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Presented in affiliation with the Fredrickson Family Innovation Lab


How does a quality we might call musicality emerge, in the most unlikely moments, from objects or actions that do not yet seem to belong in the category of music? How does ordinary experience become musical? In this presentation, composer-pianist Vijay Iyer explores some ways of understanding musicality and the politics of sound, shares real-time narrations of listening experiences, and offers some insight into his own creative practice.

Described by The New York Times as a “social conscience, multimedia collaborator, system builder, rhapsodist, historical thinker and multicultural gateway,” composer-pianist Vijay Iyer has carved out a unique path as an influential, prolific, shape-shifting presence in twenty-first-century music. His honors include a MacArthur Fellowship, a Doris Duke Performing Artist Award, a United States Artist Fellowship, a Grammy nomination, and the Alpert Award in the Arts, and he has released two dozen critically acclaimed albums, most recently on ECM Records. He is a professor of Music and African and African American Studies at Harvard University, where he also founded a PhD program in Creative Practice and Critical Inquiry.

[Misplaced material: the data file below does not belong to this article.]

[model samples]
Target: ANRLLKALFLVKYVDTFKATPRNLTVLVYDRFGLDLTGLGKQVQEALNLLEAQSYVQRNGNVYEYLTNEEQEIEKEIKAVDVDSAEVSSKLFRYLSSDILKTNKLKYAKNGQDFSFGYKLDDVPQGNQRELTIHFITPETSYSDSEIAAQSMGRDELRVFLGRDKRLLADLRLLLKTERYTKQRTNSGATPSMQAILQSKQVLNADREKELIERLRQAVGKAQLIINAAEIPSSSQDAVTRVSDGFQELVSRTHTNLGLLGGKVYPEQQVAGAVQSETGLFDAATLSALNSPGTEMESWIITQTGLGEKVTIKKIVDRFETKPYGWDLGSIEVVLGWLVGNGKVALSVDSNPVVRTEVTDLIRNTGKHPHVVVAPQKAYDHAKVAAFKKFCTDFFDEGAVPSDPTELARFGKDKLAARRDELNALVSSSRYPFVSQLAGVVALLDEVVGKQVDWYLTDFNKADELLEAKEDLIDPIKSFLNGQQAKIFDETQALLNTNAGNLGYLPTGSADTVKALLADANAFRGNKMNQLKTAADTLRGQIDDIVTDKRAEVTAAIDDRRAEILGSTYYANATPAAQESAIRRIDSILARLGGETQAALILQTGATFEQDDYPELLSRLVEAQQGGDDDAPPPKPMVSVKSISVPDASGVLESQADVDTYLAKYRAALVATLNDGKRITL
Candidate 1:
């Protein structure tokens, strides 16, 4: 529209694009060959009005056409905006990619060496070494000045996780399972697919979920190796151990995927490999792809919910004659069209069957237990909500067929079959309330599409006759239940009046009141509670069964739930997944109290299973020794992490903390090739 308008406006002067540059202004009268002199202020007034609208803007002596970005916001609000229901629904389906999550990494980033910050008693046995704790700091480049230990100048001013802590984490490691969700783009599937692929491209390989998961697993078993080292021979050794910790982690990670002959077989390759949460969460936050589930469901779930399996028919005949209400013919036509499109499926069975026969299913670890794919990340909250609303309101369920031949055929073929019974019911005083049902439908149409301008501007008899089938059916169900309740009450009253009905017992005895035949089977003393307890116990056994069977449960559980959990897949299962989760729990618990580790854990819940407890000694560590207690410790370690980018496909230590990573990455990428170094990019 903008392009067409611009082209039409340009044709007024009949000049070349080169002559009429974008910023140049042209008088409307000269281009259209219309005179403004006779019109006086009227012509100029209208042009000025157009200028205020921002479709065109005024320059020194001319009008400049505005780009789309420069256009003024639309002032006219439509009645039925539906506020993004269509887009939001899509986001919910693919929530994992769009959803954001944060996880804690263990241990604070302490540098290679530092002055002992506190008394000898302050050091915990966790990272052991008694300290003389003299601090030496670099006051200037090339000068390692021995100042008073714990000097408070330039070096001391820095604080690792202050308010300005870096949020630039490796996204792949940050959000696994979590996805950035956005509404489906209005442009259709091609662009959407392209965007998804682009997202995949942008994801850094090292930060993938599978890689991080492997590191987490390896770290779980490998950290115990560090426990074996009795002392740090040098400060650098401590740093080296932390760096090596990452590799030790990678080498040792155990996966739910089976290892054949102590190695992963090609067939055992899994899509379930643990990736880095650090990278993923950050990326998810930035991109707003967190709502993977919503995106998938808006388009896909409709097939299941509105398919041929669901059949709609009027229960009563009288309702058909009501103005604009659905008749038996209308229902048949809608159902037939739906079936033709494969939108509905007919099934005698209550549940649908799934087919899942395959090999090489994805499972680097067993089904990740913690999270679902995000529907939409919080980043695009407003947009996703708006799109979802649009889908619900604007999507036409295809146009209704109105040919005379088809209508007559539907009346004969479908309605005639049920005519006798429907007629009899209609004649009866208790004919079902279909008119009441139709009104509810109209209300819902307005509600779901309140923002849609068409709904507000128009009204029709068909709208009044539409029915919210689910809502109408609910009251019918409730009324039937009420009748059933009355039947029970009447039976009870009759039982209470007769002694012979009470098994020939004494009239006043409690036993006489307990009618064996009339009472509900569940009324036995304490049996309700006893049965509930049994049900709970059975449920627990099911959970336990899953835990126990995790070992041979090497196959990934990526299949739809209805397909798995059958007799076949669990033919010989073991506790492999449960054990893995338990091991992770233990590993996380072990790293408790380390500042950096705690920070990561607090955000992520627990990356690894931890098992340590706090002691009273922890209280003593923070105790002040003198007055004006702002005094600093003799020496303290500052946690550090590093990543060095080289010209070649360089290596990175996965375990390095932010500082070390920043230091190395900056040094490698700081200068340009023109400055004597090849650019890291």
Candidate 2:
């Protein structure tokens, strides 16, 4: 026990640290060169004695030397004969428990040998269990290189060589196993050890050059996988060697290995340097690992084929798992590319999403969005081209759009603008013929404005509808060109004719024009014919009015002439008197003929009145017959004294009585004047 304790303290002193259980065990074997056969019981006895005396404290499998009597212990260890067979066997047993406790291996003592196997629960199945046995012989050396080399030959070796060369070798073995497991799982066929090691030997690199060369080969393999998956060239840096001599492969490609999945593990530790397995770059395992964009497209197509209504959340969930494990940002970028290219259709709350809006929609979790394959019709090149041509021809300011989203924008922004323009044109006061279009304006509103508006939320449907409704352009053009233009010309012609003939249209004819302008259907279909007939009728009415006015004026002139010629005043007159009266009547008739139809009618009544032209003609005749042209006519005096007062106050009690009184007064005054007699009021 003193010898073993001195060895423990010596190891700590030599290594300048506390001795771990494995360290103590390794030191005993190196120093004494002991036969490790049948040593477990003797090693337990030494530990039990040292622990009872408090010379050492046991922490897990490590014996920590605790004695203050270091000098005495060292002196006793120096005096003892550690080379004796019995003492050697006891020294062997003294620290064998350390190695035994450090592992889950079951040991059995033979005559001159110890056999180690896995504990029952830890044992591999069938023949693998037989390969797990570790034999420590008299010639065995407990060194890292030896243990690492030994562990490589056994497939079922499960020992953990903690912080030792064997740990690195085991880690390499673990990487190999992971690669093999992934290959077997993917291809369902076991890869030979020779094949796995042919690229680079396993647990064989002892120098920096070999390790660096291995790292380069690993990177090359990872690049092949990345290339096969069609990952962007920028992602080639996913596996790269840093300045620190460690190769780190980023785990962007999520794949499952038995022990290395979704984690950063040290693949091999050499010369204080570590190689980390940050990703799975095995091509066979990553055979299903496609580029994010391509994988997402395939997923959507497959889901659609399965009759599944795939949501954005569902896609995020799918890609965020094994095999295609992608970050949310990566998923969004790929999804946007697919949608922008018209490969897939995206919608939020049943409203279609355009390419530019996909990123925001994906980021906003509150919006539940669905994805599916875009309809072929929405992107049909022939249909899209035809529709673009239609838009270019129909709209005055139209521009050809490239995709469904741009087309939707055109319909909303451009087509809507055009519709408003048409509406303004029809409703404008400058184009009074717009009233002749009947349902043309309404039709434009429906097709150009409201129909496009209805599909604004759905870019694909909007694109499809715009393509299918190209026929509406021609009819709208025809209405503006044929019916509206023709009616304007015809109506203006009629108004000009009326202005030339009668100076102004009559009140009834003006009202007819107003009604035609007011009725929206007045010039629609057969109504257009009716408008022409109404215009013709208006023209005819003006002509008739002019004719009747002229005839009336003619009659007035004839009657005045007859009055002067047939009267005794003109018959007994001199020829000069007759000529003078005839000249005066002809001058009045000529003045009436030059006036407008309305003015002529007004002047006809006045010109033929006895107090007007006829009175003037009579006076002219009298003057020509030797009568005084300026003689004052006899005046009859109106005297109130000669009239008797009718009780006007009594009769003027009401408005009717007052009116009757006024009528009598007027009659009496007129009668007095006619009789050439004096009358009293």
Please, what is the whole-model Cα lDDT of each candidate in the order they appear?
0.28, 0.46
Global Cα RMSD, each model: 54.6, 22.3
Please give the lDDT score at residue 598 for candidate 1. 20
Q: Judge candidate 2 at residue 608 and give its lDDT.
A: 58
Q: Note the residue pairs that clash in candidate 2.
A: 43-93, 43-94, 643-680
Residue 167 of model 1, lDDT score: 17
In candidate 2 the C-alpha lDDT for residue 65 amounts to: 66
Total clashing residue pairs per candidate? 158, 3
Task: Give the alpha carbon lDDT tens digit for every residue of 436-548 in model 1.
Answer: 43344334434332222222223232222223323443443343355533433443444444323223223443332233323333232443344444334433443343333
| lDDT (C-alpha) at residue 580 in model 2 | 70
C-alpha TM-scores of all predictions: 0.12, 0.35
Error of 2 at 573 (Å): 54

Iyer’s research dwells at the intersections of music studies, Black studies, and the sciences.

Vijay Iyers was previously seen at the Quick Center with his Trio in Fall 2014.

Learn More about Vijay Iyer →
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